Let me give you an example: When Katniss first gets lifted into the arena, I'm freaking out and panicking because I'm completely unprepared for the moment when 23 other tributes will be rushing out and trying to kill me. K has unhelpfully waited until this moment to inform me that there's actually a 60-second waiting period in which the tributes can assess the situation and plan their first move. So while I'm still freaking out emotionally with the enormity of the situation, she's sitting there doing a risk-benefit analysis about her likelihood of survival if she goes for the bow and arrow, based on her distance to the weapon and her top sprinting speed. Then I remember: K's been forced to watch the Games all her life. She knows how things work in the arena. She just hadn't informed the readers yet. It goes on and on like that throughout the story, with K first reacting to something, and then explaining to us afterwards why she reacted in that way.

    Chloe, I think you go too far when you ask if I would support K if I thought she was "morally dispicable." She wouldn't be the protagonist if she was. But there's a huge gap from "morally immaculate" to "morally dispicable". I can definitely get behind a character that's somewhere in the middle, who has to make tough moral choices, and who guilts over whether she made the right choice. As it stands K's biggest moral struggle seems to be over whether she made the right choice in letting Peeta know she was faking it.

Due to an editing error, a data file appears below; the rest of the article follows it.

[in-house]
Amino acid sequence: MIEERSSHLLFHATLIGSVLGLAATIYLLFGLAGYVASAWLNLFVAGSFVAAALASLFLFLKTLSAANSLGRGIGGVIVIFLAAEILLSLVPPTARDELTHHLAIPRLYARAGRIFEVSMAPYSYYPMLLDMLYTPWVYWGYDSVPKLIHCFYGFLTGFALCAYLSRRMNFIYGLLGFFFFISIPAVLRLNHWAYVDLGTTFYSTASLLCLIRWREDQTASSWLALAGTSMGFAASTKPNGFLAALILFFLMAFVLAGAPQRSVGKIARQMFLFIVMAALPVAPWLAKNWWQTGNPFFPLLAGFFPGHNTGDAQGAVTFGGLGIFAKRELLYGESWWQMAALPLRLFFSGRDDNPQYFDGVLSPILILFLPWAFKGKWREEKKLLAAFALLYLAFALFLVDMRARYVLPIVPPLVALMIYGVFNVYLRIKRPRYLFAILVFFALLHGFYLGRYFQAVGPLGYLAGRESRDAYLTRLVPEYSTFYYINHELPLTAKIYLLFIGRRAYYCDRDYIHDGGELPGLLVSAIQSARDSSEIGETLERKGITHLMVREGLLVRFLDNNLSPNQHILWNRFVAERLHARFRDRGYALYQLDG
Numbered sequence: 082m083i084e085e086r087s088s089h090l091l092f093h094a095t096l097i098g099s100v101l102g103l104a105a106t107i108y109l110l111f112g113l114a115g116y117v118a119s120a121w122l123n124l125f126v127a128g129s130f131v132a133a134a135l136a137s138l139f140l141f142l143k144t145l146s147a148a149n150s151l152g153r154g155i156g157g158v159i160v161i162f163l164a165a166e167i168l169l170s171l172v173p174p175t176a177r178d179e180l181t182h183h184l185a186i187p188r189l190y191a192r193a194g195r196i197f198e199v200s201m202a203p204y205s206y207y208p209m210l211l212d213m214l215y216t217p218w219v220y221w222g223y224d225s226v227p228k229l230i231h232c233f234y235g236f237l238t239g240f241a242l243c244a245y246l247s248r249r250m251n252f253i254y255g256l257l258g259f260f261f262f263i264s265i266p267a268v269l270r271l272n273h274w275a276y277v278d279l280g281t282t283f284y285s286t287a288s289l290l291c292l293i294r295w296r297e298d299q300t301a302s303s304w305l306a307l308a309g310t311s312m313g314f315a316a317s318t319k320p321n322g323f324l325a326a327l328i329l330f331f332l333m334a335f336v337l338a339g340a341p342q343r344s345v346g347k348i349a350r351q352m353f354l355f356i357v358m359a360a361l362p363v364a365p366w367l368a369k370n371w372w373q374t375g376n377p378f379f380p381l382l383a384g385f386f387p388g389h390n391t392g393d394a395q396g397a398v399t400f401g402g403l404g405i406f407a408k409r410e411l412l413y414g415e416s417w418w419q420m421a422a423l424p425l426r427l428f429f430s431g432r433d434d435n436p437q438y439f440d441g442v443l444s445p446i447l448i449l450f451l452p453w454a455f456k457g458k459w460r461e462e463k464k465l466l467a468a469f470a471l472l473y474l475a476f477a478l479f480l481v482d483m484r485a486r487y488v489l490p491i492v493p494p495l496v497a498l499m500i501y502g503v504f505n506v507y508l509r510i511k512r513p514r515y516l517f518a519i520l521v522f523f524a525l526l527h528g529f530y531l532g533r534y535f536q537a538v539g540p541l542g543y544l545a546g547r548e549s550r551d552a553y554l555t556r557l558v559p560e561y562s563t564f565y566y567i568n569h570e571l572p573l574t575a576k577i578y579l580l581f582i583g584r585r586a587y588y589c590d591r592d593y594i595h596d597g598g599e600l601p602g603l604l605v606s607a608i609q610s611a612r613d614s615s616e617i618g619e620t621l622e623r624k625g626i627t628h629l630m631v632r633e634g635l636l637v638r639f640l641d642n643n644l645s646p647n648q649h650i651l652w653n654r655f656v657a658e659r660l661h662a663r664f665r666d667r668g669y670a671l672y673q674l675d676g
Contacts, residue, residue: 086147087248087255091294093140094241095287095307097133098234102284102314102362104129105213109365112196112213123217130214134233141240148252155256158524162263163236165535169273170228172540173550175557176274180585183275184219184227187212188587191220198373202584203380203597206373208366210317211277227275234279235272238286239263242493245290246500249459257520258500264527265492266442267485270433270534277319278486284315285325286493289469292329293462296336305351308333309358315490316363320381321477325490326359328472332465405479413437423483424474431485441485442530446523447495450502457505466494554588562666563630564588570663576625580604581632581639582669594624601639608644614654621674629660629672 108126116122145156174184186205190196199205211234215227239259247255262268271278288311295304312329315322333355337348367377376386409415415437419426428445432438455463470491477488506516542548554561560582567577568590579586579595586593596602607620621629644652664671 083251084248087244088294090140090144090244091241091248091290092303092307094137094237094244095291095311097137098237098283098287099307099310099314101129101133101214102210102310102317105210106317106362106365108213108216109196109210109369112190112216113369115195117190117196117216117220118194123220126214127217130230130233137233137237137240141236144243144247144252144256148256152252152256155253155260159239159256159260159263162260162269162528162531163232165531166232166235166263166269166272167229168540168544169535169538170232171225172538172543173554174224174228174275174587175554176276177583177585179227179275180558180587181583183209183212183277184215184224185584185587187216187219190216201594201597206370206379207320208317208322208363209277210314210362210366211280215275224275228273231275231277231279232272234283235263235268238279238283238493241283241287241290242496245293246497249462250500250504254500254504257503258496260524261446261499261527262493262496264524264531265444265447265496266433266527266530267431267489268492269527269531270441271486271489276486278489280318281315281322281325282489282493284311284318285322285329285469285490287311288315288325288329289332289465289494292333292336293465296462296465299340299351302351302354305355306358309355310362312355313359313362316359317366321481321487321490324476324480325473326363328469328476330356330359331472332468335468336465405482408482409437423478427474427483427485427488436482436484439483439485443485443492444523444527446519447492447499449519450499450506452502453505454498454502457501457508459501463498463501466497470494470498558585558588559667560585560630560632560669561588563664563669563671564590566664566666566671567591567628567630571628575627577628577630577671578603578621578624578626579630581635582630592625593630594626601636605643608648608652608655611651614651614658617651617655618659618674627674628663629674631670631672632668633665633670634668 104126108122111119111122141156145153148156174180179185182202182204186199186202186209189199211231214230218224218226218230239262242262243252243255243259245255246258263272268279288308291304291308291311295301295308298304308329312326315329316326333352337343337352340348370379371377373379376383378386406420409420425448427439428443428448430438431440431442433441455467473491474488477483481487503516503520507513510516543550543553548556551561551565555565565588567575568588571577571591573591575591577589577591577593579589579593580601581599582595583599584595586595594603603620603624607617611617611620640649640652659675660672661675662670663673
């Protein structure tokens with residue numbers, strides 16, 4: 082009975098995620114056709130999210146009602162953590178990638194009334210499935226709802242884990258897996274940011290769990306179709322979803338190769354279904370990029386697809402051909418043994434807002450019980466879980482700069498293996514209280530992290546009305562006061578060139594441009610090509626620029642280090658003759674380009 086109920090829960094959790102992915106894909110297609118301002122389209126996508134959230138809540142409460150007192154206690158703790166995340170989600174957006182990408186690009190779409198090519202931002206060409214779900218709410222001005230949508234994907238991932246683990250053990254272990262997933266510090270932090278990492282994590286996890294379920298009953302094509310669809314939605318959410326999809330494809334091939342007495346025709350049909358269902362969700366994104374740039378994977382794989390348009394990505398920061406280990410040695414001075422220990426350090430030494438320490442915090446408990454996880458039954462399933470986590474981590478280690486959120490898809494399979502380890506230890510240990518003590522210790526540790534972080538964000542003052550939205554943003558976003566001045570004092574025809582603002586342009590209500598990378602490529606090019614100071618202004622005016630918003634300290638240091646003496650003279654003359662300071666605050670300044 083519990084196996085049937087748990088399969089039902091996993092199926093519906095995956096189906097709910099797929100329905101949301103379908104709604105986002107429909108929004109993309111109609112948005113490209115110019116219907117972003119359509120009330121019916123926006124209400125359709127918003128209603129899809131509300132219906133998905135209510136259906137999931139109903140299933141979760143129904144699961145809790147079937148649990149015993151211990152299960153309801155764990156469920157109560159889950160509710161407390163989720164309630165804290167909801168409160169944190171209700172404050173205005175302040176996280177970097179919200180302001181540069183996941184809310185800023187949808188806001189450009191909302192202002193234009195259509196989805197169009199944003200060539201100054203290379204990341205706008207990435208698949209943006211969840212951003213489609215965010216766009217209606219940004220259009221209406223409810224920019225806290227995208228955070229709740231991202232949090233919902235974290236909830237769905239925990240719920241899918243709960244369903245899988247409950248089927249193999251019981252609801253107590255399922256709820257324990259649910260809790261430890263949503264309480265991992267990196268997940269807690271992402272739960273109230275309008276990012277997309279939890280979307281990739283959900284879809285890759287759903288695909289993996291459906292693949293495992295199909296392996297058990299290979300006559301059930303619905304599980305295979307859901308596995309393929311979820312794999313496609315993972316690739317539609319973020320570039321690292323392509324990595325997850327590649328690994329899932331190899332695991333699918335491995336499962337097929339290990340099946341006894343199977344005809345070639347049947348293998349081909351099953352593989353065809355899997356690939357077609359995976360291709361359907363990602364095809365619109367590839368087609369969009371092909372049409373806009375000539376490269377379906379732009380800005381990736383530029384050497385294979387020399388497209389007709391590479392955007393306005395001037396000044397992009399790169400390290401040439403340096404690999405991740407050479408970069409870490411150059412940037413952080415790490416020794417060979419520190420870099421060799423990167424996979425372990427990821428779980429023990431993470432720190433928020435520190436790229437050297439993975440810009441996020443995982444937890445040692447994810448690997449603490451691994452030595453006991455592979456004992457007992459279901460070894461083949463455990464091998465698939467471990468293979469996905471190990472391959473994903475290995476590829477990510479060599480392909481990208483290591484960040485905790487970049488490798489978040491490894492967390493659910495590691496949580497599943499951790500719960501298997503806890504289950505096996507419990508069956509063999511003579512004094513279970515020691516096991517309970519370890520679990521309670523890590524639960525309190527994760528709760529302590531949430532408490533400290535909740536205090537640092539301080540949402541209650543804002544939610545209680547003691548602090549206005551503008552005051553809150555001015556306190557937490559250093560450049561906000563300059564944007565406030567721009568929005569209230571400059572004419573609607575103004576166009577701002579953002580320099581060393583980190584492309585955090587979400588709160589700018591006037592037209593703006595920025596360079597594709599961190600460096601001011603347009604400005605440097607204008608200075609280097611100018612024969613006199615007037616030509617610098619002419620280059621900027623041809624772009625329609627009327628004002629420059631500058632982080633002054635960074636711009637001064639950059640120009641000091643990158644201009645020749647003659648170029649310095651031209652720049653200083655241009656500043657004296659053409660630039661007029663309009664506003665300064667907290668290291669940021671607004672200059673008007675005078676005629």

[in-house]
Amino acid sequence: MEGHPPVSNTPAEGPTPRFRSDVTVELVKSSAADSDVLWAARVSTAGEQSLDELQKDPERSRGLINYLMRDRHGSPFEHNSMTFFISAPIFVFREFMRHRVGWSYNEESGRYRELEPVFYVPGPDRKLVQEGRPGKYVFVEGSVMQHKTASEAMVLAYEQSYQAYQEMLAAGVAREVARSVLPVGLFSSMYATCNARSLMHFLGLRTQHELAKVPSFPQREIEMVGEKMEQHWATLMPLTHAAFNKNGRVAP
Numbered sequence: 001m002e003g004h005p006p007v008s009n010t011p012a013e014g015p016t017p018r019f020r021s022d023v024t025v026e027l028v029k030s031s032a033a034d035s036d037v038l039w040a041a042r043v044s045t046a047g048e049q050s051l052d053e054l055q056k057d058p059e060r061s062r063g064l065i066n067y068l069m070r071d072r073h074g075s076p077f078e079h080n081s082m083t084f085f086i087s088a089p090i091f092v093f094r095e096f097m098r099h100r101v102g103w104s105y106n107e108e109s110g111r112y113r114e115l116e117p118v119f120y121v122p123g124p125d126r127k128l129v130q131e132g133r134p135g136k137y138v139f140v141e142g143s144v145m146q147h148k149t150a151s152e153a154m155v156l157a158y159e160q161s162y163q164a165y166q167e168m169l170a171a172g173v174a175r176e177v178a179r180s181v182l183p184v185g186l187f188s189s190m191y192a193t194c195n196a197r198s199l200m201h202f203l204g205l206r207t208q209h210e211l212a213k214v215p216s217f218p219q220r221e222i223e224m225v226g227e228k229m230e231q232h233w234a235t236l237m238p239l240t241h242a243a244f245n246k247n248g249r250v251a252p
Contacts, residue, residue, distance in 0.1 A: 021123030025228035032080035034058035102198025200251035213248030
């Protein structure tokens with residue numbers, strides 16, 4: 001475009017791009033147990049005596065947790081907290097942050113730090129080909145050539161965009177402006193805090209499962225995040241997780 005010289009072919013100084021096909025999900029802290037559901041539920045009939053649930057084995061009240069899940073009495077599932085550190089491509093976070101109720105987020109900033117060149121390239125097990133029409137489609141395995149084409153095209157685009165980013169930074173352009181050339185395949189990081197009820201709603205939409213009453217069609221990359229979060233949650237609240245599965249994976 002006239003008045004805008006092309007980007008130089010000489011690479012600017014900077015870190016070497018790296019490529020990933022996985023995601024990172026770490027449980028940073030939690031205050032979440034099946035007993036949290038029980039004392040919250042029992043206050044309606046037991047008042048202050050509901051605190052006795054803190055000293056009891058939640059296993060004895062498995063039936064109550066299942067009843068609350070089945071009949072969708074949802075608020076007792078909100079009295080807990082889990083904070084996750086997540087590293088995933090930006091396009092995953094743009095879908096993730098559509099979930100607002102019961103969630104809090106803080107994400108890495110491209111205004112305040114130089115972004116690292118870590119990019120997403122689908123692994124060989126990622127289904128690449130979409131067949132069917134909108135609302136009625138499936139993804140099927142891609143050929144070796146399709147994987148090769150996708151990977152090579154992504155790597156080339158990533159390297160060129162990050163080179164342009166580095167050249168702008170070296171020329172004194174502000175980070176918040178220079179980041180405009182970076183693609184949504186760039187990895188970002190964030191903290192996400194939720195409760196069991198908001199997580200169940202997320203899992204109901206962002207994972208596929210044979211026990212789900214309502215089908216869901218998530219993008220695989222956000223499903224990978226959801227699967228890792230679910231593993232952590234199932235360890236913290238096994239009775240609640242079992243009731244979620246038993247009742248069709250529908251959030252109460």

Rue is even farther to the extreme of "morally immaculate" than Katniss. She's the innocent one who absolutely no one can imagine trying to kill anyone, even in defense of herself. If you check out the AU fanfics where Rue wins, it's always the same theme. She survives until it's her and Katniss, or her and Thresh, or her and someone else, that that someone kills themselves rather than having to live with killing her. So of course it's EASY to hate the ones who killed (or tried to kill) her.

    I feel like the Careers are very intriguing to learn about. In general, there's two ways to write them. One is as pyschopaths who enjoy killing, enjoy making others suffer. The other is as individuals who have sacrificed their entire lives to helping their districts. They volunteer so the other children in their districts don't have to live in fear on Reaping Day. They try to win because it will benefit their districts. And they kill because the Capitol has forced them to do so. I feel like SC took the easy way out in portraying them as monsters.

  11. I have read the hunger games several times and one thing that stays with me, every time i read the book is the ending. Yea Katniss was the one who thought of the idea to use the berries, but Peeta went along with that. So punish Katniss, but not Peeta, or Gale, or her family. Just punish her. I love Katniss and all, but its cruel for the Capitol to punish everyone around her. Peeta doesn't deserve that and neither does Gale or Katniss' family.
    The Capitol is cruel(i.e. the hunger games, the dark days, District 13) but the Capitol wouldn't be that cruel if it wasn't necessary, which it wasn't.